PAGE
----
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U.S. News

Pennsylvania Prison System to Cut Number of Inmates Receiving Treatment for Hepatitis C

July 25, 2003

A note from TheBody.com: Since this article was written, the HIV pandemic has changed, as has our understanding of HIV/AIDS and its treatment. As a result, parts of this article may be outdated. Please keep this in mind, and be sure to visit other parts of our site for more recent information!

Pennsylvania prisons this fall will treat about 75% fewer inmates for hepatitis C than they currently treat but will provide more targeted care for hepatitis C patients who are most likely to benefit from treatment, the Philadelphia Inquirer reports. Currently, Pennsylvania has 8,300 inmates with the liver disease and is treating about 550 inmates, at a cost of about $16,000 per patient for a 48-week course of medicine, according to Fred Maue, chief of medical services for the state Department of Corrections. Last year, the department was "over ... budget" for hepatitis C treatment, spending about $8.8 million, Maue said, adding that the most the department could spend on hepatitis C treatment this year is $6 million, and treatment costs will drop even more next year. Under new guidelines, which go into effect in September, the state will apply stricter criteria for treatment, with about 130 inmates each year receiving treatment. That number may eventually be cut to less than 100 inmates, although the number of inmates with hepatitis C likely will remain constant, at about 23% of the state's prison population, according to Maue. He added that treatment would be limited to inmates with a highly treatable form of hepatitis C, which affects about 15% of people with the disease. In order to be considered for treatment, inmates will have to have at least 18 months remaining in their sentences, up from one year, and will have to undergo a liver biopsy.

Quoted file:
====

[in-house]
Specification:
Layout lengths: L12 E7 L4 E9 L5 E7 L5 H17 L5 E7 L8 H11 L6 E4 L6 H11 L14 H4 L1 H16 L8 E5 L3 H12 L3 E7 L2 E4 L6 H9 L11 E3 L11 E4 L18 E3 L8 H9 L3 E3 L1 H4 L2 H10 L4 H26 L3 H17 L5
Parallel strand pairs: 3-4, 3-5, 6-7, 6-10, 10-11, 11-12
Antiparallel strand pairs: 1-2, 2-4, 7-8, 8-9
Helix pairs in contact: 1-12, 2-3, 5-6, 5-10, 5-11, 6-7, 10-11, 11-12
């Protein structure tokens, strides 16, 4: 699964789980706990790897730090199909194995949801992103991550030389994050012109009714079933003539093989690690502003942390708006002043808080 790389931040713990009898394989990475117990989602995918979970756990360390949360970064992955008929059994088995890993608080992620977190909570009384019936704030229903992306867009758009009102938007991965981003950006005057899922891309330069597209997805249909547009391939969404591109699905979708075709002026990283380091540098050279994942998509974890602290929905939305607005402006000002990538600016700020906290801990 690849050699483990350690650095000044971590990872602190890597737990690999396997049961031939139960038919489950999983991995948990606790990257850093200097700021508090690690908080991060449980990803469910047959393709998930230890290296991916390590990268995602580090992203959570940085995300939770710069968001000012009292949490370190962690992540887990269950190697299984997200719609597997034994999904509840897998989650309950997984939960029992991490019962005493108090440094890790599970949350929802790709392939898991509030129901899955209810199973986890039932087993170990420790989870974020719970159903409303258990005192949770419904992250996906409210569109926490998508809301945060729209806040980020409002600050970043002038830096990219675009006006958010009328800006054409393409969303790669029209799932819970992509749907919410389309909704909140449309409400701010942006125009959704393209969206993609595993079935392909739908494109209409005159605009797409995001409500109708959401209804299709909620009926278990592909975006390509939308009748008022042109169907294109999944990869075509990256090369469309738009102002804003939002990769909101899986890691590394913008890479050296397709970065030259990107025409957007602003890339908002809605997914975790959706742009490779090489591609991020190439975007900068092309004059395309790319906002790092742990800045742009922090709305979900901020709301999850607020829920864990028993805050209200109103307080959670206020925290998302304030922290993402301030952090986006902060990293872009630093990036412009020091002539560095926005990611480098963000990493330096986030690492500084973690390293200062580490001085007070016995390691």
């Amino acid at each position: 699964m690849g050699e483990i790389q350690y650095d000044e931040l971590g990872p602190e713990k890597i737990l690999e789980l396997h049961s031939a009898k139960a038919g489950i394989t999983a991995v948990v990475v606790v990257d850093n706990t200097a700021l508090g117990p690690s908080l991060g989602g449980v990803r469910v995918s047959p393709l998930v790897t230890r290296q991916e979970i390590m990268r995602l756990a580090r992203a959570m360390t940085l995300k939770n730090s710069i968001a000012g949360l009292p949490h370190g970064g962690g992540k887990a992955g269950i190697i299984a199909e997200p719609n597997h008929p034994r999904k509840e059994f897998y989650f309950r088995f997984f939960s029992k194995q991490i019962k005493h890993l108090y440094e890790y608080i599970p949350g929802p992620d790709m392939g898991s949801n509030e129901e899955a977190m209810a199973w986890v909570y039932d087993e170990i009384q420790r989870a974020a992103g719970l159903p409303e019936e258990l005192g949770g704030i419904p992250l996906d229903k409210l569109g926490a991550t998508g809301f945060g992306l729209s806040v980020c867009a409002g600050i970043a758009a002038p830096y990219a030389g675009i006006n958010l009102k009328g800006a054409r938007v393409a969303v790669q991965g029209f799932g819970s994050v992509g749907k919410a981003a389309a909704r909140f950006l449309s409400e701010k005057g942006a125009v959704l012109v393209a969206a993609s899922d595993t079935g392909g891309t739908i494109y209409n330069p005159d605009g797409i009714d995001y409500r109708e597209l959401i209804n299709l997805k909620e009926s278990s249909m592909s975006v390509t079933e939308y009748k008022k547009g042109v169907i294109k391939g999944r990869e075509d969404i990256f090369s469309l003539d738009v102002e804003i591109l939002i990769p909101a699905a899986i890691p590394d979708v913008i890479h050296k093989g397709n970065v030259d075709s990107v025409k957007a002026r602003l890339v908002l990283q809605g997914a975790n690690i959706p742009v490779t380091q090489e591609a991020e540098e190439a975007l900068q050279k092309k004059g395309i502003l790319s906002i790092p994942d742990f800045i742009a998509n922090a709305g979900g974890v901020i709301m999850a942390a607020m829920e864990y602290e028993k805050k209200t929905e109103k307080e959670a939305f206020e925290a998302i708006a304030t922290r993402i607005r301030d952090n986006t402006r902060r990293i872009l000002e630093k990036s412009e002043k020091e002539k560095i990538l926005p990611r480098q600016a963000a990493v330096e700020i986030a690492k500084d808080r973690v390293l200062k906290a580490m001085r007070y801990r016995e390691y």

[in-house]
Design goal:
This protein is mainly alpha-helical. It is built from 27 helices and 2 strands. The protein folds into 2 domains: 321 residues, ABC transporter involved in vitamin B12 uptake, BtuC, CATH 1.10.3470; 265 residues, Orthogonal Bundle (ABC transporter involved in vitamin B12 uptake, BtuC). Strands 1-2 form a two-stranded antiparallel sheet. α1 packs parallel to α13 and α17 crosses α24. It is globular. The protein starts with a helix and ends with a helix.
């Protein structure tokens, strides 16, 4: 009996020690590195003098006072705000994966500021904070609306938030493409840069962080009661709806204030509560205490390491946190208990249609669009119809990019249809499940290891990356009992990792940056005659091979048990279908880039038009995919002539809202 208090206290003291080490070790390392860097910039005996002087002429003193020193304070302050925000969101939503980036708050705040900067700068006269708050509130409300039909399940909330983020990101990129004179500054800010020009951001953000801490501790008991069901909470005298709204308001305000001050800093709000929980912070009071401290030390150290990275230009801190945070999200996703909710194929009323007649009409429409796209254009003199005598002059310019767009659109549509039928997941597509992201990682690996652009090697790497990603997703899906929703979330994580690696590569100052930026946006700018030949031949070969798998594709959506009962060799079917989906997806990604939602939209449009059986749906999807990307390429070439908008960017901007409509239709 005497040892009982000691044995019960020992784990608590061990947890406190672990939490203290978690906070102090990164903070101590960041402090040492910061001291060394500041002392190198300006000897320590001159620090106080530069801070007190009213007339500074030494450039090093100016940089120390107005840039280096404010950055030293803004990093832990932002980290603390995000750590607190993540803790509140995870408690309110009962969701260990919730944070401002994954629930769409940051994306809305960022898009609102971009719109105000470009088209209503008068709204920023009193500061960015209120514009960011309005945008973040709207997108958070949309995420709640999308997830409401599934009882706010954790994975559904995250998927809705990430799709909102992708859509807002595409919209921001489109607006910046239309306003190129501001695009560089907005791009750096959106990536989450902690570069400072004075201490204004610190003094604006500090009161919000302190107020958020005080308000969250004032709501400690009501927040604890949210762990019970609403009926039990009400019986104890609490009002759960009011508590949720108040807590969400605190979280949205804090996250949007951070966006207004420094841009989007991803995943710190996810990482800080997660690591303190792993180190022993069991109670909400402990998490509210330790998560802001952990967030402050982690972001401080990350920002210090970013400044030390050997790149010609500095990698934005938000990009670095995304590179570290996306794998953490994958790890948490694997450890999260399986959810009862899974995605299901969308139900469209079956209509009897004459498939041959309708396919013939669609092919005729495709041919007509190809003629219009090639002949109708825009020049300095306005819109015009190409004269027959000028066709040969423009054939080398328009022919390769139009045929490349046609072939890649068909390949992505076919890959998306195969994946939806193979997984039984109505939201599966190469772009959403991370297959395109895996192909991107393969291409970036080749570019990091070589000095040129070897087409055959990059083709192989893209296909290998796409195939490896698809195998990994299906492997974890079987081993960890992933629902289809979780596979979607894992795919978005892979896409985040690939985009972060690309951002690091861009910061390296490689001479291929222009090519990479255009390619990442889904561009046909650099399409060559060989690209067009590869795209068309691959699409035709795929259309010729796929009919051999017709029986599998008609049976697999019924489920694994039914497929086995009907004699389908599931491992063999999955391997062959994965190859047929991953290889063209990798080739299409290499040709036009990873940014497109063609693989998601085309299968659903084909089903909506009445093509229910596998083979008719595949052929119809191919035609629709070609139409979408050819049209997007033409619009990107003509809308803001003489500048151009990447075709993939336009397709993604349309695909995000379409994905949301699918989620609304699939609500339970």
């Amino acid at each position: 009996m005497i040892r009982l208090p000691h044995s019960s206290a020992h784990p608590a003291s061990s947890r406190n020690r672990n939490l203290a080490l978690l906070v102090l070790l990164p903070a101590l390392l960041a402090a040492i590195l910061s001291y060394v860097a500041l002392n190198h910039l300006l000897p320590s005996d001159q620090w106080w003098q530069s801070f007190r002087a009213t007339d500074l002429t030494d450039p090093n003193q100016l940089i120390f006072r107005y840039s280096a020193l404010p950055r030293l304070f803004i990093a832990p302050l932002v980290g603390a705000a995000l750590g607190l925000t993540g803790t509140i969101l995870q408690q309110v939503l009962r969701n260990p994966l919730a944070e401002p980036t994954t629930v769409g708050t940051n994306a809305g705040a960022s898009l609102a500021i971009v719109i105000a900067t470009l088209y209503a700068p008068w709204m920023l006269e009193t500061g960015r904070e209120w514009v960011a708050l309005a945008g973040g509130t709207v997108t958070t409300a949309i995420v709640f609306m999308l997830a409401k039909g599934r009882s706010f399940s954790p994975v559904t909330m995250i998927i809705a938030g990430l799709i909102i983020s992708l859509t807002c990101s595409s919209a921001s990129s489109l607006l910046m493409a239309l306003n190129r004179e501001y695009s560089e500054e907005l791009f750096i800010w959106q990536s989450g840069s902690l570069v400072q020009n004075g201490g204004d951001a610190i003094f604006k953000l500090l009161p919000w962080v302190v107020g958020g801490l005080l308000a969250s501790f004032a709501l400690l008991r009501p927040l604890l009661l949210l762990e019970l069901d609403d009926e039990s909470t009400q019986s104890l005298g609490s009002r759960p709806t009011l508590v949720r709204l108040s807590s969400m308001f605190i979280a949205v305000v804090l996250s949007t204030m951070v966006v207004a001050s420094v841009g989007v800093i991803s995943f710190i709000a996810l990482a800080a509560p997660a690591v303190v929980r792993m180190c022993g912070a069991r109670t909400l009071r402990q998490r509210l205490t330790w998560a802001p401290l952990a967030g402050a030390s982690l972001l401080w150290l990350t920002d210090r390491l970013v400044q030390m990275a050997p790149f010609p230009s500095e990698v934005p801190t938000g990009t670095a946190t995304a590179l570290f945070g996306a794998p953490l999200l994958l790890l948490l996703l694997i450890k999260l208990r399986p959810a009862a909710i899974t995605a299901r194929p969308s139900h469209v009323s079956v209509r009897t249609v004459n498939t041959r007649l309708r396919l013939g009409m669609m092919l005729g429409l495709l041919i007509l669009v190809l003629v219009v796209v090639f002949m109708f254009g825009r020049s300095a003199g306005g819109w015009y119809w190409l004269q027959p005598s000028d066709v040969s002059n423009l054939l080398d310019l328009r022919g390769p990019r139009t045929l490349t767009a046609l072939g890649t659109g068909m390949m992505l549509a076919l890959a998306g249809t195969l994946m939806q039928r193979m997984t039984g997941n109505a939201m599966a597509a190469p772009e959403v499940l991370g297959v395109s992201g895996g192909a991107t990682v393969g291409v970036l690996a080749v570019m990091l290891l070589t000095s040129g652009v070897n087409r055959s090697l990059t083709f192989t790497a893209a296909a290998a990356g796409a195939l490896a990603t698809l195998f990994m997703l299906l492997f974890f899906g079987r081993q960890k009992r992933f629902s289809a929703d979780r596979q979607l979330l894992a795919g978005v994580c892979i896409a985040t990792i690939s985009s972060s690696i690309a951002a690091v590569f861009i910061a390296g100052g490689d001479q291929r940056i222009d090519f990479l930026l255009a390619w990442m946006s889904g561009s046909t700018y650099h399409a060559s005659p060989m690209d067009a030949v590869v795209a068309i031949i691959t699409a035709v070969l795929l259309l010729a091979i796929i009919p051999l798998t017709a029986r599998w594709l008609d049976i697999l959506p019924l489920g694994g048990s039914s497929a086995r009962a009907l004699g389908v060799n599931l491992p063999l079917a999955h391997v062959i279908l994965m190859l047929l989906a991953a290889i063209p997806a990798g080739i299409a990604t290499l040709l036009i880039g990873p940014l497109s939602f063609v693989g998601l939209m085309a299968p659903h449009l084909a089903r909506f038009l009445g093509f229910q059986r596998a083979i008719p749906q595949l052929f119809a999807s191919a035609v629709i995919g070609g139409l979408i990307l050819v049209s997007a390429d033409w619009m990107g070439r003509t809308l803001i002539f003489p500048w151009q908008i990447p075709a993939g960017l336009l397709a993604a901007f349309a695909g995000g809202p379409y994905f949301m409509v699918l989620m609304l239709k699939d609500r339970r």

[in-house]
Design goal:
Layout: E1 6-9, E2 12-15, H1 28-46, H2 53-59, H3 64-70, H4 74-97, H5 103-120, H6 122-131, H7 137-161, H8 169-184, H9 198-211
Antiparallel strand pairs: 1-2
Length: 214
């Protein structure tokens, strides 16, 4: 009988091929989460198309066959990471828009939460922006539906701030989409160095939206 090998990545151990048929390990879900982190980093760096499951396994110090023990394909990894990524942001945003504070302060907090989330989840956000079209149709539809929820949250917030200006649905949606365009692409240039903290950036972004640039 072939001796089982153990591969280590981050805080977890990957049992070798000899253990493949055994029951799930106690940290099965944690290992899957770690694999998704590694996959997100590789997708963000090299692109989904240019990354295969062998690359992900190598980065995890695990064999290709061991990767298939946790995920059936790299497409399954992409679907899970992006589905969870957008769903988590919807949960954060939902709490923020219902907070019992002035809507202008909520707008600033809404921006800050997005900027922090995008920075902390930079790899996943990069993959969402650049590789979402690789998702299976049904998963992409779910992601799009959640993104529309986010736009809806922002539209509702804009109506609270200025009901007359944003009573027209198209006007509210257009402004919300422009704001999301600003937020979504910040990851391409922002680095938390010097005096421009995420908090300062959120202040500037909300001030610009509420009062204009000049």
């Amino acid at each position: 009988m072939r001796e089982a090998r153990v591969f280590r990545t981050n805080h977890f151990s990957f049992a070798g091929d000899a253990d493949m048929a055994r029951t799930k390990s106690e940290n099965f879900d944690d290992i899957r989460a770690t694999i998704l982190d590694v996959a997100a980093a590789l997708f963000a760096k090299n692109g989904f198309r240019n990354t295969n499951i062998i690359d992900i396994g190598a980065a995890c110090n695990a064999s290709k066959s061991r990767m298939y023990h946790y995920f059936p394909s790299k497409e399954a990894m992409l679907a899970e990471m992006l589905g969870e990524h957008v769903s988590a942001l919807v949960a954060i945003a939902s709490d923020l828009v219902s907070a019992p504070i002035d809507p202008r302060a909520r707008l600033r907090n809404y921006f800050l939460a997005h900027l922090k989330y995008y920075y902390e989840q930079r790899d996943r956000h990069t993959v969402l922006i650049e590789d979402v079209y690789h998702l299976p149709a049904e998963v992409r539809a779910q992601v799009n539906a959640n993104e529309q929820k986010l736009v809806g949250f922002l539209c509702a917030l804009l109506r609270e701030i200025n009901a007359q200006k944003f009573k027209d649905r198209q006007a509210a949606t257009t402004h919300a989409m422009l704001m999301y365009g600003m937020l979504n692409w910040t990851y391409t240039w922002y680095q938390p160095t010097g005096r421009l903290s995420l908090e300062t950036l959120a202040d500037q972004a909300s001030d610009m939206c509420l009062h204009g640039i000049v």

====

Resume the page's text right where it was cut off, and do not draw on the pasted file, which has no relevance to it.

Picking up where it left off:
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"It's to the patients' benefit to be more focused," Thomas Shaw-Stiffel, a specialist at Pittsburgh's Center for Liver Diseases at the University of Pittsburgh Medical Center Health System, said, adding that "on the surface, (the reduction) may look ominous, but it may be beneficial." Angus Love, director of the Pennsylvania Institutional Law Project, said, "It's disappointing" but added that "[i]t's not surprising, given the [state's] budgetary constraints." The reduction in treatment access for inmates comes at a time when hepatitis C medications are more effective than ever (Fazlollah, Philadelphia Inquirer, 7/24). The new drugs -- pegylated interferon combined with ribavirin -- cure approximately 50% to 60% of people with aggressive strains of hepatitis C and about 80% to 90% of people who have less aggressive strains of hepatitis C, according to Shaw-Stiffel. "The problem with hepatitis C is there's nobody to pay for [inmates'] meds after they're out of prison," Dr. Richard Greifinger, a CDC consultant, said, adding, "It's actually dangerous for the patient, I think, to have an incomplete treatment." Government assistance programs cover the costs of antiretroviral drugs to treat HIV infection, which also disproportionately affects the prison population, but drugs to treat hepatitis C are not covered by similar programs (Mandak, Associated Press, 7/23).

Back to other news for July 25, 2003


Reprinted with permission from kaisernetwork.org. You can view the entire Kaiser Daily HIV/AIDS Report, search the archives, or sign up for email delivery at www.kaisernetwork.org/dailyreports/hiv. The Kaiser Daily HIV/AIDS Report is published for kaisernetwork.org, a free service of the Kaiser Family Foundation, by The Advisory Board Company. © 2003 by The Advisory Board Company and Kaiser Family Foundation. All rights reserved.

A note from TheBody.com: Since this article was written, the HIV pandemic has changed, as has our understanding of HIV/AIDS and its treatment. As a result, parts of this article may be outdated. Please keep this in mind, and be sure to visit other parts of our site for more recent information!



  
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This article was provided by Henry J. Kaiser Family Foundation. It is a part of the publication Kaiser Daily HIV/AIDS Report. Visit the Kaiser Family Foundation's website to find out more about their activities, publications and services.
 
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